A: The way councillors act in office, particularly over matters where they have a financial or personal interest, is governed both by law and by a code of conduct.
Councillors are required to sign a declaration stating that they undertake to observe Sedgemoor District Council’s code of conduct for councillors. They are also required to declare certain financial and other interests that they have.
Q: Do Councillors get paid?
A: Each Councillor receives a basic allowance of £4,434, which is paid in monthly instalments.
The allowance recognises the time devoted by Councillors to their work, including inevitable calls on their time such as meetings, and incidental costs such as the use of their home and telephone.
In addition, Councillors may claim travel and, in some cases, subsistence for their attendance at approved events.
Some Councillors also receive a special responsibility allowance in recognition of particular duties they undertake. Leader of Council receives £24,387. Deputy Leader £13,302 Executive members £6,651 Chair of Planning £9,976.50 Deputy Chair of Planning £7,759.50 Committee Chairs £4,434 Deputy Chairs £2,217 Opposition Group Leaders £3,325.50 Planning Ctte member £1,108.50
Nb Town & Parish Councillors are NOT paid.
Labour Councillors are expected to pay a % of their allowance into Group funds for election campaign and training purposes
Q: How long is the term as a District Councillor?
A: Four years.You can stand for re-election at the end of the term if you wish. You can also resign before the four years are over, but we will be seeking people who will stay the course!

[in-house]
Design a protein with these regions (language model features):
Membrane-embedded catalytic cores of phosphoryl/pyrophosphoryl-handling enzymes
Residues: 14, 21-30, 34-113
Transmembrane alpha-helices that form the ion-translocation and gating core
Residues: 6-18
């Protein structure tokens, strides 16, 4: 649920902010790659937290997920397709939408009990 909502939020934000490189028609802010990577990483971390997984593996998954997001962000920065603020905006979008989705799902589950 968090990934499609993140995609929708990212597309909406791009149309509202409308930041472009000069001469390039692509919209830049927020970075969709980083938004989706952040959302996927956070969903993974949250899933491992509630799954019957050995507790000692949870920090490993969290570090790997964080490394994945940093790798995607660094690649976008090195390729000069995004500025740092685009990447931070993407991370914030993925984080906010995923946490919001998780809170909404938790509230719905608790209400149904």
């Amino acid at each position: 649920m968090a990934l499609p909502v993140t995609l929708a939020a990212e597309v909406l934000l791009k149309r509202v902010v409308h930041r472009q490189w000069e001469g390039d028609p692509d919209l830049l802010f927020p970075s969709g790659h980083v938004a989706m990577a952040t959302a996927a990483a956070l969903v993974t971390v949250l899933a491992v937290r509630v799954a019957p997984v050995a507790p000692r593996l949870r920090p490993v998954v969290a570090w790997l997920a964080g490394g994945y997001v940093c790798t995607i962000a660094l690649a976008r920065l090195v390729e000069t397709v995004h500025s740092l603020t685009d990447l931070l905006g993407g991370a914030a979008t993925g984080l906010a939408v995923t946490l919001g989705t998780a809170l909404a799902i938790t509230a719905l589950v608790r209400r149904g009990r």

Q: Can I be a District Councillor and keep my existing job?
A: Yes. Section 50 of the Employment Rights Act 1996 says that an employer is required to permit an employee reasonable time off during the employee’s working hours to perform any of the duties as a member of a local authority, which includes attending committee meetings. However, there is no statutory right for time off with pay to be granted for this purpose. You should discuss this with your employer.
Q: Will the public be able to contact me at home or via Sedgemoor District Council?
A: Yes. The public will be able to contact you via Council and should also be able to contact you at your home address.
Q: Are computers and stationery provided for Councillors?
A: Yes. Computers offer a fast and efficient means for Councillors to keep in touch with their community. They also help to reduce communications costs. More and more council business is being transacted electronically. To make sure that they are kept fully briefed, Councillors need to use computer systems.